My brother-in-law followed Dr. Michael Moseleys ‘8 Week Blood Sugar Diet’ and was able to give up taking Metformin. Basically this is a low carb Mediteranean style diet. I am not sure if he is still following the diet.

I’m all over the map on this one. I’ve listened to a couple of videos by Sarah, but frankly have a hard time concentrating because of her high, squeaky voice. I know I should concentrate on the message, but for me it’s like having flashing lights behind the presenter — very distracting. She actually does much better on this video than for her TED talk and other videos.

I agree that “cure” is over the top. When I can eat the same things a non-diabetic friend can eat and not have any unusual blood sugar excursions and/or metabolic consequences — THEN I’ll feel cured! I don’t really see that Sarah and company bring much to the table. Take away LCHF and exercise and what is their unique message? Others have said it just as well and perhaps better.

Finally, if we want the public to understand the “shame” of diabetes, our members have to understand it first. I’m type 1, but my type 2 wife doesn’t experience any shame that I’m aware of. Never did! We’ve never experienced any discrimination either, although I believe that’s a real thing. In those cases though, I believe the message is, “Your diabetes is a risk factor for employment” (in their minds anyway.) Neither of us has ever had the insinuation that we are bad people or should take better care of ourselves. So talk to me about where this shame comes from?

I would argue that is not a cure. That is (potentially) healthy living with good BG control.

Otherwise, from a T1 perspective, we could say we are cured as long as we take the proper amount of insulin.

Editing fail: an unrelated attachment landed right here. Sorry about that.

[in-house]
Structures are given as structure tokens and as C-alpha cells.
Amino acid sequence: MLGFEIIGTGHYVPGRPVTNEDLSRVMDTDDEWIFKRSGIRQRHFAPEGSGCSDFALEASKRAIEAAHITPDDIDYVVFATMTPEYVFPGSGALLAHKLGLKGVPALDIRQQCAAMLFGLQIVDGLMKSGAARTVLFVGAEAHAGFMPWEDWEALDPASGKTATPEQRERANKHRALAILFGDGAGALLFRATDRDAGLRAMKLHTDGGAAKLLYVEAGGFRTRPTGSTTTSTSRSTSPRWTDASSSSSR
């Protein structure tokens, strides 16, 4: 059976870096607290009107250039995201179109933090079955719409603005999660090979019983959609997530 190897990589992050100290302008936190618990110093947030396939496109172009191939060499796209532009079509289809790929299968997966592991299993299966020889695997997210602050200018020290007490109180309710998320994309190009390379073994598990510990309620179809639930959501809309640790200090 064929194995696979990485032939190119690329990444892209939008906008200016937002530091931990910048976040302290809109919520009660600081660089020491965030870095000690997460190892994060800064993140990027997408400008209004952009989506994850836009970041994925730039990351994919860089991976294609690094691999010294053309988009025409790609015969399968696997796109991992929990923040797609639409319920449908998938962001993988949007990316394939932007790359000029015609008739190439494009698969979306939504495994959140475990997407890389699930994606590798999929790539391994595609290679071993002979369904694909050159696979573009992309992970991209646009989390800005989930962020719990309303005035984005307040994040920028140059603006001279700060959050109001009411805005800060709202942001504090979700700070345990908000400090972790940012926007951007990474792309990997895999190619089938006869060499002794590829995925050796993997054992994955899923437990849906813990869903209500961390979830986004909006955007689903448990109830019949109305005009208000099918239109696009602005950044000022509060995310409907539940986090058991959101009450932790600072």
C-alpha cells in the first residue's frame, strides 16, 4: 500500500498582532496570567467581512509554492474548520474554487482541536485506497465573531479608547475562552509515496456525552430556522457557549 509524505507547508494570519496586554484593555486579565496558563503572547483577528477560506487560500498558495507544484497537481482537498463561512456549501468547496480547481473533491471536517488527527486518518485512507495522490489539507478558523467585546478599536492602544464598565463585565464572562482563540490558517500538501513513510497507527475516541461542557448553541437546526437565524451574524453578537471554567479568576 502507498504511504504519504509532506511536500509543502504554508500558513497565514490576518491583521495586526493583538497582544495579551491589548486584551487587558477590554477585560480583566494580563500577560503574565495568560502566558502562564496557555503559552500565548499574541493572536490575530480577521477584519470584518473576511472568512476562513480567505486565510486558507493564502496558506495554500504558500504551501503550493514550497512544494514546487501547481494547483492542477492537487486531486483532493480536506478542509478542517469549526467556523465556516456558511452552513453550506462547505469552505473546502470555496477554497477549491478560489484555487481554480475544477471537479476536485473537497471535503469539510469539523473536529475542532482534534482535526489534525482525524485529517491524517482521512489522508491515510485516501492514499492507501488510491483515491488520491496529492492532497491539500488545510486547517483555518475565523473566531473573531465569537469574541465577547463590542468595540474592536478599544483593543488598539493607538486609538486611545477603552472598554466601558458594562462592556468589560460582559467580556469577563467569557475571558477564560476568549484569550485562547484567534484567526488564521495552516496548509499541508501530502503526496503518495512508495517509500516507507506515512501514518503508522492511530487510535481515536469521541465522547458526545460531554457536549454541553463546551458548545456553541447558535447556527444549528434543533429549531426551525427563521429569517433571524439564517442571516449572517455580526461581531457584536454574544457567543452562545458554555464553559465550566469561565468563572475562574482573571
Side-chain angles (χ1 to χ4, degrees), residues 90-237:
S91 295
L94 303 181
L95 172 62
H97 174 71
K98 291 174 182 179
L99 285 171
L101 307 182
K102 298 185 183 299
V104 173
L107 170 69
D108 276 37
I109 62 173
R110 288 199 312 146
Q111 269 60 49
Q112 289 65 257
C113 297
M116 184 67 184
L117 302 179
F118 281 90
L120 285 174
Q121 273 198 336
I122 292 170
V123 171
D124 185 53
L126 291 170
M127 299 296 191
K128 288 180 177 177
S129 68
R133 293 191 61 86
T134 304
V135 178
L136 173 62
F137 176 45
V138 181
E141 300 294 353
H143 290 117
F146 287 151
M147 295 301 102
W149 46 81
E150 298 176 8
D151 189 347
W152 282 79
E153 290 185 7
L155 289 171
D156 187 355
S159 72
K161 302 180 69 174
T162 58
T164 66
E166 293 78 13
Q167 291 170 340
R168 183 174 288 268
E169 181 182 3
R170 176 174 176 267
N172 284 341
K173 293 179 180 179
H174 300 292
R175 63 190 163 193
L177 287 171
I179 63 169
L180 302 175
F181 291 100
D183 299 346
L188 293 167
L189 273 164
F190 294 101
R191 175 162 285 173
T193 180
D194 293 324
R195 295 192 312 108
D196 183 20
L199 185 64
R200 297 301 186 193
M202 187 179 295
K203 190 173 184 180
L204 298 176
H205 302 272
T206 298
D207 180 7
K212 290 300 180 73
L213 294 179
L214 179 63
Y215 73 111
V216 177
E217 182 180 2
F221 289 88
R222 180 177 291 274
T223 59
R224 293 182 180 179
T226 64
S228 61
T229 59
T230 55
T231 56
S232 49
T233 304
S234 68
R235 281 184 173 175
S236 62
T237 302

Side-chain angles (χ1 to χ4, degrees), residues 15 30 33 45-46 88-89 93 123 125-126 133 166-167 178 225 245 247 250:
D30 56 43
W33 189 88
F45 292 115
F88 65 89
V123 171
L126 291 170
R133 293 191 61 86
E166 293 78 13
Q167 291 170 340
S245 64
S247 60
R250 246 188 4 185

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To me remission means that you are living drug free with diabetes in check, it doesn’t mean cured. Just that you can live a healthy lifestyle without being bothered with the underlying disease. Yet the disease is still there waiting.

Remission comes no where close to being considered cured. Cured says to me that your disease is gone forever, It has been removed from your body never to bother you again unless you are reinfected, since diabetes T2 is not an infection it will never bother you again.

I applaud what they are doing if it is credible, The burden of proof is on them. I will be extremely happy if they are successful. I see nothing here that screams cure to me. I would feel much better if they were not making unproven promises for the sake of advertising.

I do not like the word reversal either. I prefer using the words managing or remission better. That said, I have witnessed shame. Easy for me to admit to diabetes (TD2). I am tiny and in great physical condition for my age. I do see blatant discrimination when a overweight person mentions diabetes. I am quick to point out that genetics seems to play a huge part in developing insulin resistance, but I do believe our Standard American Diet and/or other environmental factors over the last 50 years or more has also contributed to it as well.